In a rundown and noisy Berlin bar, a friend and I were having a private conversation. But nearly 4,000 miles away, someone was listening from their New York apartment.With a single SMS message, this spy had remotely activated the microphone in my smartphone, turning it into a portable and surreptitious eavesdropping device. It wasn't some top-secret government program, or an expensive piece of surveillance gear that made this possible. It's something anyone can do for as little as $170, or sometimes less.
"Many spouses cheat. They all use cell phones. Their cell phone will tell you what they won't," reads the website of FlexiSpy, another company selling spyware.Cindy Southworth, executive vice president of the National Network to End Domestic Violence, pointed to several examples, including one from a website called HelloSpy."It showed a woman thrown off a bed as part of their advertising for their spouse-tracking," Southworth told Motherboard in a phone call. Another image on the HelloSpy website, online at the time of writing, includes a woman, with her face cut and bruised."It's repulsive, it's misogynistic, it's gross," Southworth added.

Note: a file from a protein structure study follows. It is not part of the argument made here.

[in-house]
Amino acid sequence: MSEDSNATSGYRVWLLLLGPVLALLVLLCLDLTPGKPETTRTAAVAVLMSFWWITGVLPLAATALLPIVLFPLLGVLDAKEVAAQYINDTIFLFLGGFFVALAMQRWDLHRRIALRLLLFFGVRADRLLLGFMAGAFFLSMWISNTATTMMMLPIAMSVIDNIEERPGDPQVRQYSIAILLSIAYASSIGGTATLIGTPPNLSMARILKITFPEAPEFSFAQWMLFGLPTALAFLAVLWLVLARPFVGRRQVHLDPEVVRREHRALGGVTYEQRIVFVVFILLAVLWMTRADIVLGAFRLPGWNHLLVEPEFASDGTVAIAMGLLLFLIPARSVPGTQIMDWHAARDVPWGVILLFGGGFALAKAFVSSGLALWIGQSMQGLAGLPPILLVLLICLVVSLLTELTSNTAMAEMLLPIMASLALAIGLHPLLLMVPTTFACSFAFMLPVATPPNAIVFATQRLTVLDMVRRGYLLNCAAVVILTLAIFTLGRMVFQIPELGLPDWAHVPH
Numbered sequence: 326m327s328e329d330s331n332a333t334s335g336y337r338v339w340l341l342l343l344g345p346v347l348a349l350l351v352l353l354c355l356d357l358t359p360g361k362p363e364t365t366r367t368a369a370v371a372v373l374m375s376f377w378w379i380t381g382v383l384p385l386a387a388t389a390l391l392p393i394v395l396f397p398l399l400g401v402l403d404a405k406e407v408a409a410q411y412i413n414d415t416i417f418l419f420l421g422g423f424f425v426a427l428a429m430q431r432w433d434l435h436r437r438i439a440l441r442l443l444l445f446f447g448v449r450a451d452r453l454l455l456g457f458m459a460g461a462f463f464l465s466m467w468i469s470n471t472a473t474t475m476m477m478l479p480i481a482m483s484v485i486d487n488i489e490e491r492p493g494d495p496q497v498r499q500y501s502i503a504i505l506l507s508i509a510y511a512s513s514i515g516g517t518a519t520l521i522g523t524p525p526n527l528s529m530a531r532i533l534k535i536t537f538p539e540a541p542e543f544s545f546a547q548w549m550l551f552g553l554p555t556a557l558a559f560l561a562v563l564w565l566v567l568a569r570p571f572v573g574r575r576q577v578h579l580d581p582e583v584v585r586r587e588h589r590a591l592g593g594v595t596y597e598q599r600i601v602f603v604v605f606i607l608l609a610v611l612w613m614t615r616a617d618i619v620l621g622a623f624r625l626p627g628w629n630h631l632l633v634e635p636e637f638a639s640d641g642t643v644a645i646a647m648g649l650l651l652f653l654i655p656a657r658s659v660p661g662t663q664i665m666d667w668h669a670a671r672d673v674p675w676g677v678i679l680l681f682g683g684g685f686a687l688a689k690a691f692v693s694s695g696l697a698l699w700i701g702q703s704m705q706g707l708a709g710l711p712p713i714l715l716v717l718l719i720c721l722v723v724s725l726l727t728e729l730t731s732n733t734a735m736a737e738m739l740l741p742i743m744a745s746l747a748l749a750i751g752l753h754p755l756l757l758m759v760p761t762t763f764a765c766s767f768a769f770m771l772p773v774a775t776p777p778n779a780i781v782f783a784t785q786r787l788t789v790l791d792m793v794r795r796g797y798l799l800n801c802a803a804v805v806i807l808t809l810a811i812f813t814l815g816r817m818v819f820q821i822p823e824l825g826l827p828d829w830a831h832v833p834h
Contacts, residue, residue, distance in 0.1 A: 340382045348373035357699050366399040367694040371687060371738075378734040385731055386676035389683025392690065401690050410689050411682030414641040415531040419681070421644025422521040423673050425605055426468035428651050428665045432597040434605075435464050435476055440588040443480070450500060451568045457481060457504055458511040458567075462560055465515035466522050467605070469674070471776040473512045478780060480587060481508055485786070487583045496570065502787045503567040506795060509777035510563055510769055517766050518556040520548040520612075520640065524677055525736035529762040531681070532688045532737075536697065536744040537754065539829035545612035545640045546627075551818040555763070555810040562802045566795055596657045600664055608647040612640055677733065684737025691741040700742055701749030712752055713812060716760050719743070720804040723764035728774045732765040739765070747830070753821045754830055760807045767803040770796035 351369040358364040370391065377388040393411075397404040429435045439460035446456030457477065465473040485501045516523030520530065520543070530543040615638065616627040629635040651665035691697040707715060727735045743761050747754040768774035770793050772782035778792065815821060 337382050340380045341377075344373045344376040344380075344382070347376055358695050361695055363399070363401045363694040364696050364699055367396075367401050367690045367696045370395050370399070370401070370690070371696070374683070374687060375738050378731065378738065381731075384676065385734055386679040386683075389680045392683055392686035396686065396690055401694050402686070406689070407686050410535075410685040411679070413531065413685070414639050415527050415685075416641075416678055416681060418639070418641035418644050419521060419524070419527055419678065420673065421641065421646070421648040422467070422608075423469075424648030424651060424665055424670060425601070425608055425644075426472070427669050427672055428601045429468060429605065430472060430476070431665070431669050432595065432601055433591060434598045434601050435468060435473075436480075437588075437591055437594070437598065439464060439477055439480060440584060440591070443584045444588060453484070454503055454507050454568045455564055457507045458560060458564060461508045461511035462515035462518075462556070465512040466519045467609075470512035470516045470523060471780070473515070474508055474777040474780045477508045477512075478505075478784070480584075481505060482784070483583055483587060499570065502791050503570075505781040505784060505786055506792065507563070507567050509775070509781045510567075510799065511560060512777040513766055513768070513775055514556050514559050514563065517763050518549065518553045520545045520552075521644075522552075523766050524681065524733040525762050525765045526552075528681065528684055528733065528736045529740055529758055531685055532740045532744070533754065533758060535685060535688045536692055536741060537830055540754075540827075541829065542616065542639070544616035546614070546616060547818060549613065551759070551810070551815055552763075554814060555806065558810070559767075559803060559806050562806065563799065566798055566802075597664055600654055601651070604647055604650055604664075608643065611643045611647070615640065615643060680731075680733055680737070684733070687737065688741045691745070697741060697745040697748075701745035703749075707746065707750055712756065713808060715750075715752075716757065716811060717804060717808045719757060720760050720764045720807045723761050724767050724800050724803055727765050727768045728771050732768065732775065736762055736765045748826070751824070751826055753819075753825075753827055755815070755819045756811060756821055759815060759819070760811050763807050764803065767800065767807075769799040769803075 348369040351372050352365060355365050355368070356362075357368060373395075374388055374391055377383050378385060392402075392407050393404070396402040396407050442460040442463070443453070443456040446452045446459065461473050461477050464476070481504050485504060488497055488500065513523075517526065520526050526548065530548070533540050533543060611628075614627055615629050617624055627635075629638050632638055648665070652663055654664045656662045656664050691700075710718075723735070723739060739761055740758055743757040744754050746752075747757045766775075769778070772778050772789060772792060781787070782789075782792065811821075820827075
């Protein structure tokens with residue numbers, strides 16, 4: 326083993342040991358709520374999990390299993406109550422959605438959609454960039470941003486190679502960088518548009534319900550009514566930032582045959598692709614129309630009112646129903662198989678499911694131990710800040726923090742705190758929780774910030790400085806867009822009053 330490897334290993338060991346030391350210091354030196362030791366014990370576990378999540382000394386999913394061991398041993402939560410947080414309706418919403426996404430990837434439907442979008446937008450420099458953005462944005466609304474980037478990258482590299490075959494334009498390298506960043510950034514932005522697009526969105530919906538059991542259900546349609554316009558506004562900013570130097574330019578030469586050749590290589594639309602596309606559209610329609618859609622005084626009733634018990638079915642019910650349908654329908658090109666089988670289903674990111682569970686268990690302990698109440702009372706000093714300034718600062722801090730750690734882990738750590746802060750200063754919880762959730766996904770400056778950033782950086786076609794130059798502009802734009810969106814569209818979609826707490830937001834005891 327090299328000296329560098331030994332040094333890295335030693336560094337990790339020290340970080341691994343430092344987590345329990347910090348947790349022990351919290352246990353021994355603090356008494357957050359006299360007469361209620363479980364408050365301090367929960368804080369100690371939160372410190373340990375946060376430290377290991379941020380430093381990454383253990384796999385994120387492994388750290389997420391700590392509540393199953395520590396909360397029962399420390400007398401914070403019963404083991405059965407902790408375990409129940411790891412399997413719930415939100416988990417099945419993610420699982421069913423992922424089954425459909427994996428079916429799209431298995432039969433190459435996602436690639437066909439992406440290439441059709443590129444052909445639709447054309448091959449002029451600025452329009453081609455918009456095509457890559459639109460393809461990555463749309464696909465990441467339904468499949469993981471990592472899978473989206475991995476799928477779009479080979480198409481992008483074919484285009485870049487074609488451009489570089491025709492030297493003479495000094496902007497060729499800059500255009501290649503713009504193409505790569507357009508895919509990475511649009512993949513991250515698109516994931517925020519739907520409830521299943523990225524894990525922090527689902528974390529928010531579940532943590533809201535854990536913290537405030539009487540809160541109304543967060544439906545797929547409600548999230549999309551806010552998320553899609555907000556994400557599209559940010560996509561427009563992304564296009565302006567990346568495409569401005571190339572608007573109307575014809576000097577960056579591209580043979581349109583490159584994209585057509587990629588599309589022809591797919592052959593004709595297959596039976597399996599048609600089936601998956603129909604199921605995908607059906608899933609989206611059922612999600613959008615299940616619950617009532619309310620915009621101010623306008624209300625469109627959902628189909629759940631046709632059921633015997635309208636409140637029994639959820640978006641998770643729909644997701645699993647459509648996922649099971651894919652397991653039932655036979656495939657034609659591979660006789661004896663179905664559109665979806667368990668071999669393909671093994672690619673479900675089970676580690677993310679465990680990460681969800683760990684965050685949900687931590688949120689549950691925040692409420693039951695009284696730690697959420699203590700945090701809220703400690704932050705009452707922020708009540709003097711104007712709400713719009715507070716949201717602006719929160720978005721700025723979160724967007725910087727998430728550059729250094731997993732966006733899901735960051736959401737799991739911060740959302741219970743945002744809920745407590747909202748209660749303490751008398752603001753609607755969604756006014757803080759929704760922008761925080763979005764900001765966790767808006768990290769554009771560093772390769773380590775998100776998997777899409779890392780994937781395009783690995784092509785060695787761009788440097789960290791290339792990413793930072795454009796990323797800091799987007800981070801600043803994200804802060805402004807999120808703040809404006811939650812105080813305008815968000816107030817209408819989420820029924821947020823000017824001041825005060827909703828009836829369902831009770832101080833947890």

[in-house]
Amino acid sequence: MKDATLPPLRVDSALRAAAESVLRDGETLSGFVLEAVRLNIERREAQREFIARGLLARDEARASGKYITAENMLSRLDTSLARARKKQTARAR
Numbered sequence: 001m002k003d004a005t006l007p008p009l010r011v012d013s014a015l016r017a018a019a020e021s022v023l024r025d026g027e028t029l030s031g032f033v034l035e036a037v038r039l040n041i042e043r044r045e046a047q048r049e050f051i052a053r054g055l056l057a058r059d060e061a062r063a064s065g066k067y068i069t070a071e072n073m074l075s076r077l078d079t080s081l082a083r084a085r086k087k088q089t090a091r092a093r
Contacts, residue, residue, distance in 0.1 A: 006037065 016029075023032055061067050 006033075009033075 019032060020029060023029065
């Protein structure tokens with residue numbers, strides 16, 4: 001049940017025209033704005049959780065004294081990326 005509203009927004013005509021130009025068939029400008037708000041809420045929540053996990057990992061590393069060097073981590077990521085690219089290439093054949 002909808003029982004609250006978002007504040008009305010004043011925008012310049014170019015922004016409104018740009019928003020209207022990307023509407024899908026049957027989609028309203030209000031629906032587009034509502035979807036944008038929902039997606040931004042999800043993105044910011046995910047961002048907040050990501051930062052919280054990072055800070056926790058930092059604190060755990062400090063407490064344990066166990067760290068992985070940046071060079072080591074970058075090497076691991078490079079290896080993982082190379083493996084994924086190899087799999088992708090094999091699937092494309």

"Many spouses cheat. They all use cell phones. Their cell phone will tell you what they won't."